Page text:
The focus on carbohydrates for endurance athletes tends to make them neglect their protein and fat requirements. Low dietary protein will increase muscle recovery time and have a detrimental impact on training. It is also more likely that you will suffer from fatigue and anaemia thus undoing all your hard work in training. 1.4-1.7g per kg of body weight is recommended for endurance athletes. I would recommend that you stay at the upper end of this if you are training for an event of this magnitude. The use of protein shakes, particularly post-workout, is an extremely good idea when you are training at a high intensity day after day. Although we would usually associate protein supplementation with strength and power athletes, it is also highly important to an endurance athlete.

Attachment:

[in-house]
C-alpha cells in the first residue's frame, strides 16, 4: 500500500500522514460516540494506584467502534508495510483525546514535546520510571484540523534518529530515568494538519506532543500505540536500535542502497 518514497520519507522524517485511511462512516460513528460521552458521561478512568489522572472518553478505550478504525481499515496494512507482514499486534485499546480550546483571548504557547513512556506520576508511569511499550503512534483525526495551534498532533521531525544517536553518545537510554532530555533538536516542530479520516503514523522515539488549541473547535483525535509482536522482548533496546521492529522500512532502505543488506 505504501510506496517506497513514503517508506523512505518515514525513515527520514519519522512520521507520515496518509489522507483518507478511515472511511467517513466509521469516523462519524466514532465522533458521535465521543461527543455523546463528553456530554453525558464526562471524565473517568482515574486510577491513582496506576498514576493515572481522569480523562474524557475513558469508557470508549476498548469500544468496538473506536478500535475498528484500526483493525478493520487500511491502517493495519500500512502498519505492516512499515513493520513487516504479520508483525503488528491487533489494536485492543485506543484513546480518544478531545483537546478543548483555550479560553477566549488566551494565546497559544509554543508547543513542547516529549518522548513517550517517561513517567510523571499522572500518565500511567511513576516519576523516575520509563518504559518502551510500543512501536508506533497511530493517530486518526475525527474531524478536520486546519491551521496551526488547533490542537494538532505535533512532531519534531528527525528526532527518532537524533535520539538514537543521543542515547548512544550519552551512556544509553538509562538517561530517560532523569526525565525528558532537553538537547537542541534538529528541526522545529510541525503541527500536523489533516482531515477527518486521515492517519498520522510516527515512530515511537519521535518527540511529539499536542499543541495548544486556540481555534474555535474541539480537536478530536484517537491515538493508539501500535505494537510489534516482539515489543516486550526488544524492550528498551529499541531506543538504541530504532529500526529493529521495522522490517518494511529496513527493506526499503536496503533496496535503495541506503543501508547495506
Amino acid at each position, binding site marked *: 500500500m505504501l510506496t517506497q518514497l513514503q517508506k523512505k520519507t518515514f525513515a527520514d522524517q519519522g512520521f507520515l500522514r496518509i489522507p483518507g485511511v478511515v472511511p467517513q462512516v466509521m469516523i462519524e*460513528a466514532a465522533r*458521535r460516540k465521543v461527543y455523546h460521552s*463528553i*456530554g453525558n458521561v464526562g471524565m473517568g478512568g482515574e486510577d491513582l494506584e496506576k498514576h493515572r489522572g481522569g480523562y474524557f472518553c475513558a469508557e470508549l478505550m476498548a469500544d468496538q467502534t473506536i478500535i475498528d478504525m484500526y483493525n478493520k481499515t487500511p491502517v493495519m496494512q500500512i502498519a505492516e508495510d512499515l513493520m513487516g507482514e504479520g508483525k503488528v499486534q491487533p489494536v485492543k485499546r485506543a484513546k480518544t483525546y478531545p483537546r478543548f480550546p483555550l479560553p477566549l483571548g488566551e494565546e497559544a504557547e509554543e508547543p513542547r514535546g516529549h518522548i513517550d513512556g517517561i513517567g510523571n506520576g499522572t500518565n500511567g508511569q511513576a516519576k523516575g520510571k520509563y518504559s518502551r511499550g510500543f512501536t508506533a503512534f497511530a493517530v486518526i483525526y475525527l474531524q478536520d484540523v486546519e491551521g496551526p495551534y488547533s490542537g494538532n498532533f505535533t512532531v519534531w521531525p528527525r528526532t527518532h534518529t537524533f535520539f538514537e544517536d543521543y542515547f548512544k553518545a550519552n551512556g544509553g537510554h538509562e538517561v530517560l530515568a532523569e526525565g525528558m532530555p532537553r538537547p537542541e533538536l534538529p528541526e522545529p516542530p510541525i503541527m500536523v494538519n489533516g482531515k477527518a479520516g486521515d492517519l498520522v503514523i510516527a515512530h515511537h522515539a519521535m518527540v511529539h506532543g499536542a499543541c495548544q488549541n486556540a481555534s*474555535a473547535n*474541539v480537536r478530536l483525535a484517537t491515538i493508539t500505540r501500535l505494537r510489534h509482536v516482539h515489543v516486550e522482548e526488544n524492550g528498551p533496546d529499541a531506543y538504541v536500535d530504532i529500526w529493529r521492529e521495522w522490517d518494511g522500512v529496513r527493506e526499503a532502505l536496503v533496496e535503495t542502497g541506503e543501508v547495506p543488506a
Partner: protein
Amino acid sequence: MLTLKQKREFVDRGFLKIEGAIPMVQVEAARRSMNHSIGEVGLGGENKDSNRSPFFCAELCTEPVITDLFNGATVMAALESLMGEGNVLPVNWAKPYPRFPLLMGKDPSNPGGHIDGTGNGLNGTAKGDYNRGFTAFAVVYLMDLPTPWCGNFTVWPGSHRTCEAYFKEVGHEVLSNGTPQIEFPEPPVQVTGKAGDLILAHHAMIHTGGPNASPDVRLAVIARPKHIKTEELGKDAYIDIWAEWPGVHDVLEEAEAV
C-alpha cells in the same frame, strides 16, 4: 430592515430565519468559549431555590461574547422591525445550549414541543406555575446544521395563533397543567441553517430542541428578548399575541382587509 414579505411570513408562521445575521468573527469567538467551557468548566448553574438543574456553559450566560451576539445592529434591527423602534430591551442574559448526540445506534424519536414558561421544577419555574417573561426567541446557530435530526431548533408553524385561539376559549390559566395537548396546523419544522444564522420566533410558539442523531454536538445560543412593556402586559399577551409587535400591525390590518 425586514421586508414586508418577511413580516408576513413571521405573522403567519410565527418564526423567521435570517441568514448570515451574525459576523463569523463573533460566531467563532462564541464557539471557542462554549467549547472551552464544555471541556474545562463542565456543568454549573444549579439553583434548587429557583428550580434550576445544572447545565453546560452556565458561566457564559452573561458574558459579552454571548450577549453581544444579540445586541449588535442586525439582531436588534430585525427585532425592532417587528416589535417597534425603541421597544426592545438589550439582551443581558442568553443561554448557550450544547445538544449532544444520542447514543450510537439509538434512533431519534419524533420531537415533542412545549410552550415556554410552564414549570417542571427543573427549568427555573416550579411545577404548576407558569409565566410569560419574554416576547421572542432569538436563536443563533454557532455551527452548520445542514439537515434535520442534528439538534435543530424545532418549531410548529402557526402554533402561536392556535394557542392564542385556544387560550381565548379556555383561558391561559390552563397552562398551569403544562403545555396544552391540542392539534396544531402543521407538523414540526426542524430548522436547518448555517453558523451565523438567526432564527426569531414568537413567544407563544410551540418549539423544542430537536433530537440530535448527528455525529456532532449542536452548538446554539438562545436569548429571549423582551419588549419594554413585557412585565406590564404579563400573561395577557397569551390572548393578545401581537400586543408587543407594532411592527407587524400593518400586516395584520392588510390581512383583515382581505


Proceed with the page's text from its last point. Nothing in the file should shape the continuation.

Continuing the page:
Hydration is highly important to ironman athletes. As you are not able to intake fluids during the swimming portion of your event, it is vital that you keep fluid and electrolyte levels as optimum as possible before and after this section. Do not include caffeinated beverages in your fluid count and try to avoid them when you are not training. They act as a diuretic and will cause you to become dehydrated if you do not use them effectively. The intake of water is vital to the chemical reactions that occur in the body to utilise energy, aid muscle repair and prevent damage to cardiovascular, skeletal and digestive systems. Opt for an isotonic sports drink when training exceeds 90 minutes to help replenish electrolytes and fluid lost through sweat.

Foods to focus on: